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what are consistent gets & current mode gets

DBA2011
DBA2011 Member Posts: 2,830
Logical reads/writes are computed as the sum of consistent gets plus current mode gets.

Answers

  • mbobak
    mbobak Member Posts: 1,342 Gold Badge
    Hmm....based on your subject, I thought you were asking a question, but, then you seem to be stating a fact.

    Here's something I wrote a few years ago, describing the difference between a consistent get and current mode get:

    Oracle accesses blocks in one of two modes, current or consistent.

    A 'db block get' is a current mode get. That is, it's the most up-to-date
    copy of the data in that block, as it is right now, or currently. There
    can only be one current copy of a block in the buffer cache at any time.
    Db block gets generally are used when DML changes data in the database.
    In that case, row-level locks are implicitly taken on the updated rows.
    There is also at least one well-known case where a select statement does
    a db block get, and does not take a lock. That is, when it does a full
    table scan or fast full index scan, Oracle will read the segment header
    in current mode (multiple times, the number varies based on Oracle version).

    A 'consistent get' is when Oracle gets the data in a block which is consistent
    with a given point in time, or SCN. The consistent get is at the heart of
    Oracle's read consistency mechanism. When blocks are fetched in order to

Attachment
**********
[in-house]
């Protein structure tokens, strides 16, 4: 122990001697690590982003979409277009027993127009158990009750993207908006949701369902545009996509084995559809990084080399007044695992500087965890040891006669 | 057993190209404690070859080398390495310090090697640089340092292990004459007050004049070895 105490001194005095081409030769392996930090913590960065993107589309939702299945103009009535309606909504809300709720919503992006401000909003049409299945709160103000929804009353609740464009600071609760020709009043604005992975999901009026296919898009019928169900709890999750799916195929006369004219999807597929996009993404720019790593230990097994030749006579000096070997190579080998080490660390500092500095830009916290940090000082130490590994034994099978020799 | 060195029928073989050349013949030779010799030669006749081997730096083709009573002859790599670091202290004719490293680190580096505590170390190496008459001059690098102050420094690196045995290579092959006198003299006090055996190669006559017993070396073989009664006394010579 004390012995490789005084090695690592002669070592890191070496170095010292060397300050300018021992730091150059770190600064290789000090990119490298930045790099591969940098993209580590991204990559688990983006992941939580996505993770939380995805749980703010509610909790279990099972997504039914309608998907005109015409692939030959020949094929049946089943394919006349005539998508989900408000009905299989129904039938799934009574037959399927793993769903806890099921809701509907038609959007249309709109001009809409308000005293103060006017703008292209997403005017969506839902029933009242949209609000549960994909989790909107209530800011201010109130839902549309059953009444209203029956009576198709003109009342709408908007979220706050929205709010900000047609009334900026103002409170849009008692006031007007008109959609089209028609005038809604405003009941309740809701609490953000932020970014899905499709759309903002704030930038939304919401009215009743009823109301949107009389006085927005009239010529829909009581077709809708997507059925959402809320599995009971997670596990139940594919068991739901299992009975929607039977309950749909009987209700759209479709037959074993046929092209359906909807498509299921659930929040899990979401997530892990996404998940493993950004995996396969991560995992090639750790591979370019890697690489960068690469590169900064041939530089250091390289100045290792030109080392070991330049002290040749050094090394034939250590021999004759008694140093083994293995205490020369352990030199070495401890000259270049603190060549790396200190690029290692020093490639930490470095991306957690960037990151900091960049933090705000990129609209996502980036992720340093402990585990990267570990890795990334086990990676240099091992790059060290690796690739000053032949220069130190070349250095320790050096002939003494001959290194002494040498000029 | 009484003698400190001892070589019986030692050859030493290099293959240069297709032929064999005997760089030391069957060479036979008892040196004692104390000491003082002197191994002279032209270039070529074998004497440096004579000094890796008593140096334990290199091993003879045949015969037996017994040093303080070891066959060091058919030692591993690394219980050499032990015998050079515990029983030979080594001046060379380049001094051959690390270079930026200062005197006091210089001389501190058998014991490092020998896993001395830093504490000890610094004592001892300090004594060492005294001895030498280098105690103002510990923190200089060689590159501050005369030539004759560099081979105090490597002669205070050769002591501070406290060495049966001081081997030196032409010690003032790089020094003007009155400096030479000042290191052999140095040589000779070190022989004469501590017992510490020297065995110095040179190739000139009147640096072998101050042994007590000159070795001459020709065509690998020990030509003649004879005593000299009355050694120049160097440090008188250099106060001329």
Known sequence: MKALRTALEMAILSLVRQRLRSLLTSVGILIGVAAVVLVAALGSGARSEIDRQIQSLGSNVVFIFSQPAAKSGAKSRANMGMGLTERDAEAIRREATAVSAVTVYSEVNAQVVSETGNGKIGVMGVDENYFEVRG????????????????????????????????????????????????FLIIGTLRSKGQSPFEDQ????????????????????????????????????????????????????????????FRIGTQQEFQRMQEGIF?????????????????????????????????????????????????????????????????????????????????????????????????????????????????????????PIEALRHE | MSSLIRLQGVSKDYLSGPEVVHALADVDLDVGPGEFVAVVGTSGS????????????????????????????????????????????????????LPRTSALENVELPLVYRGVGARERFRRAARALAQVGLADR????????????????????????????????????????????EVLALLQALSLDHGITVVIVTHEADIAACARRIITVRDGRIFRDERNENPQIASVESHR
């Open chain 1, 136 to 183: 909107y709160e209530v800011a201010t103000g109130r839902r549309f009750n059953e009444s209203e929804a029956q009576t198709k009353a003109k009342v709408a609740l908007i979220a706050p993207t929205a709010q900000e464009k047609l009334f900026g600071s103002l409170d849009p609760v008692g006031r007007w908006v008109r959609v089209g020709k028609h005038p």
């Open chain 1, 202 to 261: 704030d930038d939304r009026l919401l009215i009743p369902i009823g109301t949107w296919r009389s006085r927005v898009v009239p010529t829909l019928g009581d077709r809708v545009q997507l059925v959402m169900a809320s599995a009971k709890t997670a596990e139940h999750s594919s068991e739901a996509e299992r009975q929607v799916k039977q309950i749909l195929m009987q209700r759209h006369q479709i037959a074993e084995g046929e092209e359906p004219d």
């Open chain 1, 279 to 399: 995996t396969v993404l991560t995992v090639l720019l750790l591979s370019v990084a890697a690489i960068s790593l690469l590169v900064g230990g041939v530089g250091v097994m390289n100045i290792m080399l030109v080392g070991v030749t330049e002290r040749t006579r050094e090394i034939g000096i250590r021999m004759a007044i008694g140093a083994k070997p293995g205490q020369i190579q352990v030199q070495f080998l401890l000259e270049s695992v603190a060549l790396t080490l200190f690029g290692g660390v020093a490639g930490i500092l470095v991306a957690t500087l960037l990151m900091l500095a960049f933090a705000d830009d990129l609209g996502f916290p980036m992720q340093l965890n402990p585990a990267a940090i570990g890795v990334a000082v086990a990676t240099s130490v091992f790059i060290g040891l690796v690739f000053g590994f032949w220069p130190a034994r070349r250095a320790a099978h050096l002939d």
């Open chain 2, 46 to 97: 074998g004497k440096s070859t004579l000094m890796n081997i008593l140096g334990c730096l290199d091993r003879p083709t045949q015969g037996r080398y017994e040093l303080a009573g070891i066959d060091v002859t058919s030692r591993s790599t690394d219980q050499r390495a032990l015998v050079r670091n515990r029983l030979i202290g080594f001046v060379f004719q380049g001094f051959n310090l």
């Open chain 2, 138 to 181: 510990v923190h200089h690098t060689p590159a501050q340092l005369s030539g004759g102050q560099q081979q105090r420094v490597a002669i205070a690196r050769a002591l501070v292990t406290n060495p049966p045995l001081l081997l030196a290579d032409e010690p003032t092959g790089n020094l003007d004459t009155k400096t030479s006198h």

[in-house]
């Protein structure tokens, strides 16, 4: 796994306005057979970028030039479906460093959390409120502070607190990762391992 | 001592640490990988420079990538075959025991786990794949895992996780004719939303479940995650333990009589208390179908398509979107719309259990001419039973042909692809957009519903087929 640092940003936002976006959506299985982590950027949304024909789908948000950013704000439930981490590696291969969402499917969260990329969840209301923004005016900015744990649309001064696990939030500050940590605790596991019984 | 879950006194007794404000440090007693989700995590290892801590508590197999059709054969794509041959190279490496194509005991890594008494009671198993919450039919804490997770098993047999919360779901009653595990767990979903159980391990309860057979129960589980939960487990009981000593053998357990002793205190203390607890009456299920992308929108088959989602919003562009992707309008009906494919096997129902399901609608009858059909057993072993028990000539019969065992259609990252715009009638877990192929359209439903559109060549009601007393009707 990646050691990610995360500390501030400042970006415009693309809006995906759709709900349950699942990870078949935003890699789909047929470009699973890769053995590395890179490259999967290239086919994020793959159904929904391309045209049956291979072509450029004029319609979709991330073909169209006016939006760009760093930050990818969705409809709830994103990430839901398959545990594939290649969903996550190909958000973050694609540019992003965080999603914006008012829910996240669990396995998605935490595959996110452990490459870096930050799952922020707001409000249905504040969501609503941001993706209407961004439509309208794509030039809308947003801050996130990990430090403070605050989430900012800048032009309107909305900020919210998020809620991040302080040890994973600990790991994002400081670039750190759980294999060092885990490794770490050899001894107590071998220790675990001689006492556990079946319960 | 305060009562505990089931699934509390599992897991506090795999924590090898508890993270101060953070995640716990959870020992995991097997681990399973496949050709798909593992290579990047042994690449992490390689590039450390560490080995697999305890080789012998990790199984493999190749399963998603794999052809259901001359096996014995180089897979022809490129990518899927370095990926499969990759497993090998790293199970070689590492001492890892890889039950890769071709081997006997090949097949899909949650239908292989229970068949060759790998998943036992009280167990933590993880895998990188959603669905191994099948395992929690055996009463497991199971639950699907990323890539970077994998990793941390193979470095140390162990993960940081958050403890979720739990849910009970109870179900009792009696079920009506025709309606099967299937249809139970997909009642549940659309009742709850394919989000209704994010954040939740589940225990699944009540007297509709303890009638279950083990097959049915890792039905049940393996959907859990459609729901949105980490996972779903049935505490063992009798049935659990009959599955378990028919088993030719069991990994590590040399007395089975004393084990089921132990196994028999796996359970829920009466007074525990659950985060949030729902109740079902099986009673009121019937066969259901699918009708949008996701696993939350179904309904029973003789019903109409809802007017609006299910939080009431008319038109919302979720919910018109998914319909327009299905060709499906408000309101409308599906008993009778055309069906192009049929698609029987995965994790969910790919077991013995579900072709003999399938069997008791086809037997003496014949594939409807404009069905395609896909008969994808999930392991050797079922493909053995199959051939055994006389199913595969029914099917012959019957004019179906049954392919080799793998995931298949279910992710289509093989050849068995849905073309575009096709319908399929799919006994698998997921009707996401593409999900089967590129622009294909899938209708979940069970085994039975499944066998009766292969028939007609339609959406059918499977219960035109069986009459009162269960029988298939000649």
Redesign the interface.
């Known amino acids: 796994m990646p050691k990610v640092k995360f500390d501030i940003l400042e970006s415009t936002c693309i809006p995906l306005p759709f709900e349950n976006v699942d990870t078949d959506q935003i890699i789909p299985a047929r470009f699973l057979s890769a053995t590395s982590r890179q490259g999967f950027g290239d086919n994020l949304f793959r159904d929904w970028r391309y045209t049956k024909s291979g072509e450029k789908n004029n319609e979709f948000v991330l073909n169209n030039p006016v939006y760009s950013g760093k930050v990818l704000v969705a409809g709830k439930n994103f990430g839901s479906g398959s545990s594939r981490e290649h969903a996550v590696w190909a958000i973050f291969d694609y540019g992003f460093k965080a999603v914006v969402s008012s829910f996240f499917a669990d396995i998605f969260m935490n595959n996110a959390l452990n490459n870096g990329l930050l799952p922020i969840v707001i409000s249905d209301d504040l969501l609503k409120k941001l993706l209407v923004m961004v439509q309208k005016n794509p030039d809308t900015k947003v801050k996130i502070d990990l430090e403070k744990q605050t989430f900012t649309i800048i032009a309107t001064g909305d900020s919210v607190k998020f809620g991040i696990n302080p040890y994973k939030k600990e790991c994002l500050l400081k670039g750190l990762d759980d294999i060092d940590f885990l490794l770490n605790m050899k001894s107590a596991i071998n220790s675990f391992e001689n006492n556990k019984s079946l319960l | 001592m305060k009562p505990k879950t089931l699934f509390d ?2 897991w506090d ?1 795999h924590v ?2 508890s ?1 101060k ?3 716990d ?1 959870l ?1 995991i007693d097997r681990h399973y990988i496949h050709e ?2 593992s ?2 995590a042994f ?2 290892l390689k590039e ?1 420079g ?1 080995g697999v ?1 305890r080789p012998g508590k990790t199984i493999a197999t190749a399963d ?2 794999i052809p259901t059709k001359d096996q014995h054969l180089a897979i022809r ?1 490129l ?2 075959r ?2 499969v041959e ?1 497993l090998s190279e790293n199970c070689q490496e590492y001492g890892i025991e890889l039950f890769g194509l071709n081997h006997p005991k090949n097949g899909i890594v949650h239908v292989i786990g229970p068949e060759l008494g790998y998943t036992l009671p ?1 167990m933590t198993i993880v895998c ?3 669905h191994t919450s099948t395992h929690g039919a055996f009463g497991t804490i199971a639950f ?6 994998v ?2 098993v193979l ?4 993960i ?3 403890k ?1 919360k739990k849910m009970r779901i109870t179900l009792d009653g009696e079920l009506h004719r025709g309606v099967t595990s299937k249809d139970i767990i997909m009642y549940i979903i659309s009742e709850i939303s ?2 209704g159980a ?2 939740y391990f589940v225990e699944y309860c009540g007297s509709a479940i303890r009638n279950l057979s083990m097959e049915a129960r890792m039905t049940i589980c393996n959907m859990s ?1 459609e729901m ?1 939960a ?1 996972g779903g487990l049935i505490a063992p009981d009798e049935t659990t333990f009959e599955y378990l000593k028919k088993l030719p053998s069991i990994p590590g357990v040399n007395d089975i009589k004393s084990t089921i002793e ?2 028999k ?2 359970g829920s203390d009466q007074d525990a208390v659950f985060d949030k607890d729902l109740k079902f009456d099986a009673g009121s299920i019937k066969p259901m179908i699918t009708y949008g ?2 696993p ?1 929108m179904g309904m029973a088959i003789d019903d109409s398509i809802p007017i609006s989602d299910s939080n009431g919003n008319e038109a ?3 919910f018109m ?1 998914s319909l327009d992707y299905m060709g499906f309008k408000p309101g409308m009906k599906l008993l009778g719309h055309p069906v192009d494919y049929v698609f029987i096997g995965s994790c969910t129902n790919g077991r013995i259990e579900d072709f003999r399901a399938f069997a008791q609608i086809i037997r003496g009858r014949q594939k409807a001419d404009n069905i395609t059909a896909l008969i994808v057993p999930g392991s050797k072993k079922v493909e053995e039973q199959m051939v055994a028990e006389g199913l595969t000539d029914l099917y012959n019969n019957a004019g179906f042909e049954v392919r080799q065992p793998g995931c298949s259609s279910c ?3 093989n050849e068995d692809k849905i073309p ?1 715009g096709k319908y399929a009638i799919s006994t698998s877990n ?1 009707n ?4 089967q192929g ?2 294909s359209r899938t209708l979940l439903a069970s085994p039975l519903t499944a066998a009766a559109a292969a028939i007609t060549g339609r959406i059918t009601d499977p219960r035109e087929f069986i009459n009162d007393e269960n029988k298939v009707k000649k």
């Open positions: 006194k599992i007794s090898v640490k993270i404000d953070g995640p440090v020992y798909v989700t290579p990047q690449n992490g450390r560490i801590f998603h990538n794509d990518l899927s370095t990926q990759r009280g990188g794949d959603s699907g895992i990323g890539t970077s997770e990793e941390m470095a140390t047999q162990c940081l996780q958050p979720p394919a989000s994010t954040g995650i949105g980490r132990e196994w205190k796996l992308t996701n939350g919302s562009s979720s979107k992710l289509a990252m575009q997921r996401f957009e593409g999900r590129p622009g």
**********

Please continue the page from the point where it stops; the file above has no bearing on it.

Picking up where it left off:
satisfy a query result set, they are fetched in consistent mode. If no
    block in the buffer cache is consistent to the correct point in time, Oracle
    will (attempt to) reconstruct that block using the information in the rollback
    segments. If it fails to do so, that's when a query errors out with the
    much dreaded, much feared, and much misunderstood ORA-1555 "snapshot too old".

    As to latching, and how it relates, well, consider that the block buffers
    are in the SGA, which is shared memory. To avoid corruption, latches are
    used to serialize access to many linked lists and data structures that point
    to the buffers as well as the buffers themselves. It is safe to say that
    each consistent get introduces serialization to the system, and by tuning
    SQL to use more efficient access paths, you can get the same answer to the
    same query but do less consistent gets. This not only consumes less CPU,
    it also can significantly reduce latching which reduces serialization and
    makes your system more scalable.

    Hope that helps,

    -Mark
  • Centinul
    Centinul Member Posts: 6,871
    Tom Kyte -- Effective Oracle By Design:



    "Blocks may be retrieved and used by Oracle in one of two ways: current of consistent. A current mode get is a retrieval of a block as it exists right now. You will see these most frequently during modification statements, which must update only the latest copy of the block. Consistent gets are the retrieval of blocks from the buffer cache in "read consistent" mode and may include read asides to UNDO (rollback segments). A query will generally perform "consistent gets."
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